Matthew 22:34-40 / Mark 12:28-34…
And one of them, a lawyer, asked him a question to test him. This man is perhaps a little less closed minded than the rest (Mark 12:28, 32-34) but he still has an agenda. The religious leaders had believed that the teachings of Jesus were against Moses. Of course, Jesus said otherwise (Matthew 5:17). They want Jesus to say that He was giving them a law that superseded Moses, so they could charge Him as a blasphemer. In fact, they were the ones who changed the law by their traditions, while Jesus pointed to the spiritual essence of the law.
Which commandment is the most important of all? Jesus quotes Moses (Deuteronomy 6:4-5), exactly what they thought He wouldn’t do. We are called to love God with our whole being. It is more than mere belief (James 2:19), and it wasn’t something new (Nehemiah 1:5). In the light of this command, the religious leaders were hypocrites (Matthew 23:13-36).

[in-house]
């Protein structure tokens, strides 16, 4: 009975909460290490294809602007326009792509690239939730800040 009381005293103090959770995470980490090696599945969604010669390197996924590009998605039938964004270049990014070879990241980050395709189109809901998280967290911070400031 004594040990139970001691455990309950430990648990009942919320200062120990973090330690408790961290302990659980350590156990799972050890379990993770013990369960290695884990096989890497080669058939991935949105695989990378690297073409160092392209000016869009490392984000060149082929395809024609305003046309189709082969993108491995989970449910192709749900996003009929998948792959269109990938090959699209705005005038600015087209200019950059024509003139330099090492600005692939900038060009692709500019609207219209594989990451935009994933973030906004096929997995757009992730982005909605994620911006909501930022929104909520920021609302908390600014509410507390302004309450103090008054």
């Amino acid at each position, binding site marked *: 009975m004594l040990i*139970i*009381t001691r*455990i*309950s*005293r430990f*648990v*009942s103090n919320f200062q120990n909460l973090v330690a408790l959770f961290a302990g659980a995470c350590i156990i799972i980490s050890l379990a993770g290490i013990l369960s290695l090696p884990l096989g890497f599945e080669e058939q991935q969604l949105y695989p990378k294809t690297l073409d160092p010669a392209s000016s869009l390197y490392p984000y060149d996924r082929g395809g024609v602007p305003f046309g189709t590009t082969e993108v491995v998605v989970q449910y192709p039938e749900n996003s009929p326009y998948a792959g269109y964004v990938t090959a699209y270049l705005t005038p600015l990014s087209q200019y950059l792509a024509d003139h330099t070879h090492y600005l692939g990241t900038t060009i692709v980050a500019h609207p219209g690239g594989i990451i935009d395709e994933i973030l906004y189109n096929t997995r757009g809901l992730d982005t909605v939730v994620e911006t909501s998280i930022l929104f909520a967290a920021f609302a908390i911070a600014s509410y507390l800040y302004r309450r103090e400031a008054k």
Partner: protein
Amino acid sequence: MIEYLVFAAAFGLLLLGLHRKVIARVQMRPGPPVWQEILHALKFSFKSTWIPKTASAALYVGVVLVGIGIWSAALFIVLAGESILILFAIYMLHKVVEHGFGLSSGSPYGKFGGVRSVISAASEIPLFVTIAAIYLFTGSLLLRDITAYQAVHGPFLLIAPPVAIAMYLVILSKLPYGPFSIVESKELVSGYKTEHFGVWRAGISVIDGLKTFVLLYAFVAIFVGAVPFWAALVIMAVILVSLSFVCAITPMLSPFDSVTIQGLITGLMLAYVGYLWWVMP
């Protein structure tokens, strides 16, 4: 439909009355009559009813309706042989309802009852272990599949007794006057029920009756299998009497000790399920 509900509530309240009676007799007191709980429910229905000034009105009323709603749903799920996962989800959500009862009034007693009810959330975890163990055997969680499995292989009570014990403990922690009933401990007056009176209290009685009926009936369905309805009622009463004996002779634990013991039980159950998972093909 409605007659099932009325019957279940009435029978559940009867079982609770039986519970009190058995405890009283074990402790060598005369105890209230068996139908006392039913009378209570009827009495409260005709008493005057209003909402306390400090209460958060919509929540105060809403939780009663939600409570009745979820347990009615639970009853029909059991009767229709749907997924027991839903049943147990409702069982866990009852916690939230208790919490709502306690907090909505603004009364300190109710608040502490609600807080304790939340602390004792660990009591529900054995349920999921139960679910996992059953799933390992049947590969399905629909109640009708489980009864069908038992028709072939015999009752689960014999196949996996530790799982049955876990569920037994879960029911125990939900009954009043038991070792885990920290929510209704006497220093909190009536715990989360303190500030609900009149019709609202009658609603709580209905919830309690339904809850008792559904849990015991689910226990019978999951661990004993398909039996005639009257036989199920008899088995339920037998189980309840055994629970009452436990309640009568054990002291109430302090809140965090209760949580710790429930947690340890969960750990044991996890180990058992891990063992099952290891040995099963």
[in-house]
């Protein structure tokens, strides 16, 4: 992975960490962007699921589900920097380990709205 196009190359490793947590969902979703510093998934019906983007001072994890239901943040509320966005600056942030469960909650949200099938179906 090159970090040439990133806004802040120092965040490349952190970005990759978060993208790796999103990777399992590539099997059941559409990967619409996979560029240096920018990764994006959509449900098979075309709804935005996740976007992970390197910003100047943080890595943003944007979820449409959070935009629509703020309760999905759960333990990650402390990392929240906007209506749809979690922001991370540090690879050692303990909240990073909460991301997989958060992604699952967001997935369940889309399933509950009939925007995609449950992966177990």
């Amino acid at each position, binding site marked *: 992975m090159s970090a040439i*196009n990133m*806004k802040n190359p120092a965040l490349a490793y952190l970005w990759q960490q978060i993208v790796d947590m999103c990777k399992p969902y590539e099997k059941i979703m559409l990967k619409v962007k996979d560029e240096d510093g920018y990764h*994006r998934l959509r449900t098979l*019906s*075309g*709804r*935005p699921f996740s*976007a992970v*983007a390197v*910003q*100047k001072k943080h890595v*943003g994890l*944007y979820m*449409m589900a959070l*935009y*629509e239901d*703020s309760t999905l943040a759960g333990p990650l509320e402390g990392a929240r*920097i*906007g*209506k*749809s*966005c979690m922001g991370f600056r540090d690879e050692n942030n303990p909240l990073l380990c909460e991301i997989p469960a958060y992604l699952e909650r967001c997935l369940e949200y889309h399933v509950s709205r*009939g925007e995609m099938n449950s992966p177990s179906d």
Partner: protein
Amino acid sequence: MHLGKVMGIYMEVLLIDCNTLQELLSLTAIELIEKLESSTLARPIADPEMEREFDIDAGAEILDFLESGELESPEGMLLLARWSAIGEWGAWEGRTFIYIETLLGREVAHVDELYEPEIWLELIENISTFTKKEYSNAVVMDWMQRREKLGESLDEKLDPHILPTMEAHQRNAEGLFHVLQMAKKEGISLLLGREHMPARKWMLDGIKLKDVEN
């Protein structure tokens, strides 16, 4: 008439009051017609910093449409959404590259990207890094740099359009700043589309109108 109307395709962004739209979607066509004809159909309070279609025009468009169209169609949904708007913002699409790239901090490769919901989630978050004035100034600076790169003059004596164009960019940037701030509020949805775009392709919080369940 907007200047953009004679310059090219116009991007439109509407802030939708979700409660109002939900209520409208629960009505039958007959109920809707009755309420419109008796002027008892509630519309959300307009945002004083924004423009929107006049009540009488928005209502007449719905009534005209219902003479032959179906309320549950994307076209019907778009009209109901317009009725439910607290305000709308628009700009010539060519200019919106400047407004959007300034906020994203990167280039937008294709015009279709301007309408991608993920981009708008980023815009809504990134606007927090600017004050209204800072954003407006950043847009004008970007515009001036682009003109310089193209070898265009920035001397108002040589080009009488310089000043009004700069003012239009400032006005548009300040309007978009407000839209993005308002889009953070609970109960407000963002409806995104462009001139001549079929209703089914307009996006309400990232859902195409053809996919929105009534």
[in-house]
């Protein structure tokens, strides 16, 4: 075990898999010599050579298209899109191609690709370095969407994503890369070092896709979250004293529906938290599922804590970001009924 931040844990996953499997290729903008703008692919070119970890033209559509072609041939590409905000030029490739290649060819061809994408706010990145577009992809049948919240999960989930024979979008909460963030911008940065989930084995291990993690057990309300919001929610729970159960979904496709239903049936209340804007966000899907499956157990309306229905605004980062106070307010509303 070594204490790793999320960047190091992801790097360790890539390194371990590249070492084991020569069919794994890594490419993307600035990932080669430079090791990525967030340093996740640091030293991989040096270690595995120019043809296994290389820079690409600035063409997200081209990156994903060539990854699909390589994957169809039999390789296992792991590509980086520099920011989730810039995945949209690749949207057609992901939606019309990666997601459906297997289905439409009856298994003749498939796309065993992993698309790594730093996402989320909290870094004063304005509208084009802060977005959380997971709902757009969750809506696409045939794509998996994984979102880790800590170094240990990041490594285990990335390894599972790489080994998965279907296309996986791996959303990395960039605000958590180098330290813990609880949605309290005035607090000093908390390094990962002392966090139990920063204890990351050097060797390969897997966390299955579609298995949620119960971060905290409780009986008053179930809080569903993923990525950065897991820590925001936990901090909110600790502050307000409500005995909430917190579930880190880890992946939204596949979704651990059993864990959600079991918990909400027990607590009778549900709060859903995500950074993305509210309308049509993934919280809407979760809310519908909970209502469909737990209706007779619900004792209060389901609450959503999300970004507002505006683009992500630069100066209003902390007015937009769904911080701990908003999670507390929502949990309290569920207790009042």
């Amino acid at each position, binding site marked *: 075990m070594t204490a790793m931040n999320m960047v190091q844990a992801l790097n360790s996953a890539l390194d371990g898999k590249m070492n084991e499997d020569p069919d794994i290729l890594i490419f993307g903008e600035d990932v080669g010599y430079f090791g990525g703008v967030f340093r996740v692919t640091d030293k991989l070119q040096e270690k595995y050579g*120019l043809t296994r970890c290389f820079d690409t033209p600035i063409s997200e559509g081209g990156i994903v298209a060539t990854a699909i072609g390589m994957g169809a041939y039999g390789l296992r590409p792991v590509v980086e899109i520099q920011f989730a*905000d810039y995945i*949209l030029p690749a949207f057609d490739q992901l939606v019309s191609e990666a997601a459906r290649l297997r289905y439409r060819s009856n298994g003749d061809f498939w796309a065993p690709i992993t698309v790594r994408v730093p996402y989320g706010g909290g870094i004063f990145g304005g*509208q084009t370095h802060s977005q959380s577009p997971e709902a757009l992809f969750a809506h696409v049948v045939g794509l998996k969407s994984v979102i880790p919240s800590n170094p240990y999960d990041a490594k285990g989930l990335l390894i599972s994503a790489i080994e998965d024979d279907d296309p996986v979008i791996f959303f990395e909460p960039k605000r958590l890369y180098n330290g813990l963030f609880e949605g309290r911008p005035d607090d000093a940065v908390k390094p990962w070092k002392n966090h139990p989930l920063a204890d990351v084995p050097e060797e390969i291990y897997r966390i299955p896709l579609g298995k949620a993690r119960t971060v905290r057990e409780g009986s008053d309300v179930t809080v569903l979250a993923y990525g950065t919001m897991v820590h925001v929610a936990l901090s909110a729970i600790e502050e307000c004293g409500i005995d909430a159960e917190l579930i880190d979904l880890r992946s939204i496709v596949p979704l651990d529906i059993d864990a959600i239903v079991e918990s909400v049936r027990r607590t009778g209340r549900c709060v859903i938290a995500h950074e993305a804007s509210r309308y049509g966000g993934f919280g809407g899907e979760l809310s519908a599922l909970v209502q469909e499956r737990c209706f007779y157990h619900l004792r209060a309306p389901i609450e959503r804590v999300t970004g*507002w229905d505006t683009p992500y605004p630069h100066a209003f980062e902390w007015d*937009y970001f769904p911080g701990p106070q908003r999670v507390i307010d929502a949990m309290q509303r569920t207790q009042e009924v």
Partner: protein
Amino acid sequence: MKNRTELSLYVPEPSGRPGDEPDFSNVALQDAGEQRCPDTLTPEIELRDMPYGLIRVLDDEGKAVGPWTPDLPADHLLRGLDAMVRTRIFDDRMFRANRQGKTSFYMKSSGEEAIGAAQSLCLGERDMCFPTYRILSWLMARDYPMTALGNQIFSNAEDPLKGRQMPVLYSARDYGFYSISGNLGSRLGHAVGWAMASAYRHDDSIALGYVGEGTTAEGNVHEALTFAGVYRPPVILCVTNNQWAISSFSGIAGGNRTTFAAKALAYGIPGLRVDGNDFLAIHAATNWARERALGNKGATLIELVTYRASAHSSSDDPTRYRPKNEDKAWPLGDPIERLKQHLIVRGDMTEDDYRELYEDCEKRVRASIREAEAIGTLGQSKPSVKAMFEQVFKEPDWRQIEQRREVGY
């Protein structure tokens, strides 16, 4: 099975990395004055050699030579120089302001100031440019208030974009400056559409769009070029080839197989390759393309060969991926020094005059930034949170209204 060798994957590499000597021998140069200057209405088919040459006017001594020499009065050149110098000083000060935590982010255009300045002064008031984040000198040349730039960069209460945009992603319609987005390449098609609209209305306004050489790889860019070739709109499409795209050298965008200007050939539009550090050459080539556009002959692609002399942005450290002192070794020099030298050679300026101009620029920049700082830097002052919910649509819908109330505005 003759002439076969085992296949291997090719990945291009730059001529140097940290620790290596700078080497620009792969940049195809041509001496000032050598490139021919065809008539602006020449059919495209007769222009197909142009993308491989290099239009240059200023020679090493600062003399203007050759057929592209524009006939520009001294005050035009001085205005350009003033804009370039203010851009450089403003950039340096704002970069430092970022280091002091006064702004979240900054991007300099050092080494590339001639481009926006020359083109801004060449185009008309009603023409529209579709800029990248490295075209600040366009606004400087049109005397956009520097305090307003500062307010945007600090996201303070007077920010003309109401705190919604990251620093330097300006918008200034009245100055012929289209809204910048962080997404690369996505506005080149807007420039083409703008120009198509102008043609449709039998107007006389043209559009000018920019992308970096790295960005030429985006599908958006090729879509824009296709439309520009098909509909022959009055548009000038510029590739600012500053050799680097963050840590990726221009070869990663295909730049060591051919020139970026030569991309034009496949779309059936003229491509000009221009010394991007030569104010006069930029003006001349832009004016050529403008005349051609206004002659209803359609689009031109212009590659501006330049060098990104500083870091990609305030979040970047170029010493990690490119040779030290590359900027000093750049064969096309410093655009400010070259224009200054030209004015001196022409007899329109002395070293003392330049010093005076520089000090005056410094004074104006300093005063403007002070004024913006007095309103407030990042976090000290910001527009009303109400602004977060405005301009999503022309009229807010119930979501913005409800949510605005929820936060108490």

God’s desire has always been that people would love Him fully, which results in trust and obedience. Specifically, it results in loving your neighbor as yourself. If we have this vertical love, toward God, then horizontal love, toward others, will naturally flow. If we relate to God rightly then we will relate to others rightly, and conversely if there is a problem with others we have a problem with God.
God is not saying we need to elevate our love for ourselves or for others as much as He is saying that we already love ourselves enough (Ephesians 5:29) and we should love others as much (Leviticus 19:18 / Matthew 7:12 / Galatians 5:14 / James 2:8-10 / Romans 13:8-10). This is done by loving God first. We must get the order of this right or we miss the point.
The real problem is that none of us can do this fully. However, and hallelujah, Christ has done it for us. Now, as Christians, empowered by the Holy Spirit, we can begin to fulfill this in our daily lives. The more you look to God and His love for you, the more you will live like it matters, and the more you will show it towards others.